Last weekend I was running an errand in San Jose and decided it would be a fine time to try and find some good south bay chow. Every time I drive through San Jose, I am amazed by the diversity of small ethnic restaurants. Many of the streets remind me of a strip mall version of the Mission so I figured there had to be some good chow there. Knowing there is a large Vietnamese population and living in a Vietnamese restaurant free town :-( I searched the web and found a brief Metro review of Quang Da on Santa Clara that sounded interesting.
Quang Da is in a stand alone building a few blocks closer to downtown than the more famous Vung Tau. The small restaurant is fairly bare bones with tile floors and taqueria quality tables and chairs- no cloth napkins here. The restaurant did appear to be very clean and the owners have decorated the walls with a significant number of paintings which do a good job of dressing up the place and make it more cheerful. Next to the paper napkin dispensers on the tables is a tray with sambal, pickled thai chilies, fish sauce and soy sauce. The menu consists of 40 selections split geographically into Hue and central Vietnam. There are also 8 additional vegetarian options and a couple of side orders. The manager? Spoke enough English to align sauces with dishes which was significantly more than our waitress. In a brilliant move for us gringos, in addition to the menu we were given a small photo album of every dish on the menu with descriptions and menu item #. This helped to answer questions about dishes and we definitely shifted our selections based upon photos of the food. Prices ranged from $2.50 for steamed Hue pork sausage (looked like it was wrapped in banana leaf to $6.50 for a pork rib plate with egg cake and shredded pork.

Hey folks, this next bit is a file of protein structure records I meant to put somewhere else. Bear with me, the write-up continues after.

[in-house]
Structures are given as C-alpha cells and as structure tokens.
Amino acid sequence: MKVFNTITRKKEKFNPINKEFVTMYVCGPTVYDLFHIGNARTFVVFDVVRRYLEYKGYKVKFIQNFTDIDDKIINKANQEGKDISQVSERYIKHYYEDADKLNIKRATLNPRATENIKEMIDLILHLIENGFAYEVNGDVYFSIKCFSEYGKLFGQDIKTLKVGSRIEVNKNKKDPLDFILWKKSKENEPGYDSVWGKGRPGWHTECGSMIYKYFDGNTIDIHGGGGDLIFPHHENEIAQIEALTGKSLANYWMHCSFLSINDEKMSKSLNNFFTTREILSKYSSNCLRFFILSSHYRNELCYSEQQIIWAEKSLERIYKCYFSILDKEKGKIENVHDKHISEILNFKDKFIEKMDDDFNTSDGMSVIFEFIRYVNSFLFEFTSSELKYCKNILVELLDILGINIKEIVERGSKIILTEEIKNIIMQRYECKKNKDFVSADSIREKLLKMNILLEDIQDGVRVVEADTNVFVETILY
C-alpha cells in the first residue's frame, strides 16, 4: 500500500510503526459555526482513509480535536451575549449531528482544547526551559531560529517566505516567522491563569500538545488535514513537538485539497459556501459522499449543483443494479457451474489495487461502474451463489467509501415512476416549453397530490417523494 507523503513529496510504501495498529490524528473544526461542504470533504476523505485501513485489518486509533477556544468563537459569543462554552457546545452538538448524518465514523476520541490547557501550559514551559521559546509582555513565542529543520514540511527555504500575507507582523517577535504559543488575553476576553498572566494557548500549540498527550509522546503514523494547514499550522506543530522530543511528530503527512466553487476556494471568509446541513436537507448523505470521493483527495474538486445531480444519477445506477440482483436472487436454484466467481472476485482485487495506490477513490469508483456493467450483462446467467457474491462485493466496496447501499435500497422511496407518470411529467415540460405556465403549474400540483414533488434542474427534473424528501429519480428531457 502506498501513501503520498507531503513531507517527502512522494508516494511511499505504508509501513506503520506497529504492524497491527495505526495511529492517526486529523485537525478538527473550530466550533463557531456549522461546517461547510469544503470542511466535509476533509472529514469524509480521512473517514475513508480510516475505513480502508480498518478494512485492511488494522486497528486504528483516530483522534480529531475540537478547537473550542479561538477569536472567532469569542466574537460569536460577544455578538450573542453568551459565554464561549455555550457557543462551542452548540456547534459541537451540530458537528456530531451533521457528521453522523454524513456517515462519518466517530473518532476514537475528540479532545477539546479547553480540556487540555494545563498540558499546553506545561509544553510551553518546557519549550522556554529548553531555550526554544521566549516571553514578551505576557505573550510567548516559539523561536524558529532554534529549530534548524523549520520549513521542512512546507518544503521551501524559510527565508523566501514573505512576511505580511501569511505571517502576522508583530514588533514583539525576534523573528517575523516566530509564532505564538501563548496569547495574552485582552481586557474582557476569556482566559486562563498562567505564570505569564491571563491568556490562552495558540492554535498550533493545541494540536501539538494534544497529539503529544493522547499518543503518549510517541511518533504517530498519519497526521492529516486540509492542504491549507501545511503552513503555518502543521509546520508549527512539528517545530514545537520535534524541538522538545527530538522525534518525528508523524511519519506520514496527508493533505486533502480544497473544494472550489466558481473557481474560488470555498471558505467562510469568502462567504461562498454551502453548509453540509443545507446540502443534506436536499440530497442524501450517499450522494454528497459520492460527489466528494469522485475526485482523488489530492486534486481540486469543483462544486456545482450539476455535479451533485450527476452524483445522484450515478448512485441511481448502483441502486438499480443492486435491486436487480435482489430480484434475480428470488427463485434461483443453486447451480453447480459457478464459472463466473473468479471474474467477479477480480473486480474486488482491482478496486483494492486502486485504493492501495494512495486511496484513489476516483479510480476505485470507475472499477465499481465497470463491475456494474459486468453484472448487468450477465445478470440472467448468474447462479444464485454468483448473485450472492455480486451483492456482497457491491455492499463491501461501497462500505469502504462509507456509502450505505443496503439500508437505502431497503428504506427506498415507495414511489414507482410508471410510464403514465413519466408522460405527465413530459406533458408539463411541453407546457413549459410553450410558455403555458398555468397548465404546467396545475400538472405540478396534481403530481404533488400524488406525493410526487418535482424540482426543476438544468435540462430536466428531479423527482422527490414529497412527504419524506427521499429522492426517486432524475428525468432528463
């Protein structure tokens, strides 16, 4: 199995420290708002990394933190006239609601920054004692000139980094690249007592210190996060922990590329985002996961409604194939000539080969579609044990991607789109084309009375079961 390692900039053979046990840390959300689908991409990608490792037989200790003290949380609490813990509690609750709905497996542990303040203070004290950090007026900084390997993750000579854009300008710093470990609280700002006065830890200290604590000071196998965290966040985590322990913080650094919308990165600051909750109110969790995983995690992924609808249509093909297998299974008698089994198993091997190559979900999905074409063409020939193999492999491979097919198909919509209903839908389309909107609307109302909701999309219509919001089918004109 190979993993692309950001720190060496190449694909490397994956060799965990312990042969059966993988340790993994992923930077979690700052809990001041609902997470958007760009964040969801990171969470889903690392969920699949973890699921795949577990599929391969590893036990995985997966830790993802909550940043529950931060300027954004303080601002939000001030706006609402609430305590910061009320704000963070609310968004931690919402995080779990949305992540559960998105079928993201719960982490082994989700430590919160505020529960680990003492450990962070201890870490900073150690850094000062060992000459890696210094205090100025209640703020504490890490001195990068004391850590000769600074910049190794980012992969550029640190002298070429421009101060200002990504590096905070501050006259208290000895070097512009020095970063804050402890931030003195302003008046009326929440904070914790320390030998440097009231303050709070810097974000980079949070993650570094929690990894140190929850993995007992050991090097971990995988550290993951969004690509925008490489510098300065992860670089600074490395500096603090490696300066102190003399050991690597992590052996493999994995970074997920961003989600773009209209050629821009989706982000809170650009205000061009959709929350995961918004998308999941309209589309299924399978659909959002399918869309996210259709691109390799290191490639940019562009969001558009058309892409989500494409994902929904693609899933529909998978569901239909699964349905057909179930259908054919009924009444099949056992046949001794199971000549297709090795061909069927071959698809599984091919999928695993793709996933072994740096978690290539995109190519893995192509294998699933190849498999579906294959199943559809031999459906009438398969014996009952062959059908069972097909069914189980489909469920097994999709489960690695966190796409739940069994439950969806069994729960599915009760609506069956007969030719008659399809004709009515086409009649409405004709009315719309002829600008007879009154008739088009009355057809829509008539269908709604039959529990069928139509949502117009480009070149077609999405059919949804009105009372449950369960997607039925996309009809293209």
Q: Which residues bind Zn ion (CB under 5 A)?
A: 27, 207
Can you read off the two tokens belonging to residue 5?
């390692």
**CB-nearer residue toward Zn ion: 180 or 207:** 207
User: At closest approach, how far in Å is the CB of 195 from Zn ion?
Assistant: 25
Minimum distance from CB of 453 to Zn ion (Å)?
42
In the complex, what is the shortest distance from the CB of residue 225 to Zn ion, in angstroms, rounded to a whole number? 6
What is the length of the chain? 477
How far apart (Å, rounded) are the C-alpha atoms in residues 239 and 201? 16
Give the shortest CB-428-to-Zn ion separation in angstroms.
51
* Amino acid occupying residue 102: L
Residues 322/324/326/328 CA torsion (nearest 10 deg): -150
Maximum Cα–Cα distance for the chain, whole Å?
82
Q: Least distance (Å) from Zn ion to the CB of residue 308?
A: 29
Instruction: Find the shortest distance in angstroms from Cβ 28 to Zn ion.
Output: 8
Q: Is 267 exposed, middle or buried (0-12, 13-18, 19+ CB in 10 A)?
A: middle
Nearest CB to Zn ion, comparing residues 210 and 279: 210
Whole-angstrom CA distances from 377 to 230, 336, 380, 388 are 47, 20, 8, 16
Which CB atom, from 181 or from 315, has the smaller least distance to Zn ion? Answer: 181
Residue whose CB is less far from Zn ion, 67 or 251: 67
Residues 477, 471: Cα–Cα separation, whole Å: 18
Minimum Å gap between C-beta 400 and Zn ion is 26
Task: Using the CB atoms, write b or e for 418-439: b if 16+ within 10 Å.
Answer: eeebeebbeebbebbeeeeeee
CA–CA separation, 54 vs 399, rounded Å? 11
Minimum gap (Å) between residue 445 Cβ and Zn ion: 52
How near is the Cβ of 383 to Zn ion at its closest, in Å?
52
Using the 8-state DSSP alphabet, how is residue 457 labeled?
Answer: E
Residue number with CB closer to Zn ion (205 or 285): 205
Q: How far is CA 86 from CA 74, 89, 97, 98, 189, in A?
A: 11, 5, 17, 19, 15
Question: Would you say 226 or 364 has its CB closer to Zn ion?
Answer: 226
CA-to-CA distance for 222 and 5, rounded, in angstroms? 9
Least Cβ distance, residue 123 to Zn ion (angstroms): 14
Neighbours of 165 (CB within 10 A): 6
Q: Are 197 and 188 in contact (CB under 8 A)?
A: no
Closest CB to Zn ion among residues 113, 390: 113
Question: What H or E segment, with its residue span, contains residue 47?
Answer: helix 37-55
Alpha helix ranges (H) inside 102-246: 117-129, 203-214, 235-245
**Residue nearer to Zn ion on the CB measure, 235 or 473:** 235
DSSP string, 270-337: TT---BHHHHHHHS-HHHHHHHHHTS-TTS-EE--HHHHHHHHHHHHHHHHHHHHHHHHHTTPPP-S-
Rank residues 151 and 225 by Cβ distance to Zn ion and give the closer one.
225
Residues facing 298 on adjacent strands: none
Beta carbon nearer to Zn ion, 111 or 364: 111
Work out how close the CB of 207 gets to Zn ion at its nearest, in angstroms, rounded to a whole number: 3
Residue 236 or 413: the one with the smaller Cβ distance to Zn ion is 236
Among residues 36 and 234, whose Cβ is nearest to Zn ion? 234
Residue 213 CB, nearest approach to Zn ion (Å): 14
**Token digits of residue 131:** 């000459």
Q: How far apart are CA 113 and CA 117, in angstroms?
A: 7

We started with similar dishes from the Hue and central sides of the menu:
1. Banh Beo Chen (Central)- Steamed rice cakes with minced dried shrimp and pork "Quang Da" style $3.95.
This dish was a small cup (looked like a Chinese restaurant tea cup) in which the rice cake mixture had been spread along the bottom and steamed in the cup. The dried shrimp had been ground into a powder and sprinkled on top of the cakes which were then topped with a few cubes of the pork. This was served with a bowl of fish sauce and chopped jalapenos or serranos. The cakes were soft with a light chew and the subtle sweetness of the rice flour contrasted nicely with the heat of the chilies and the pungent fish sauce. The pork seemed to add more of a textural than flavor component.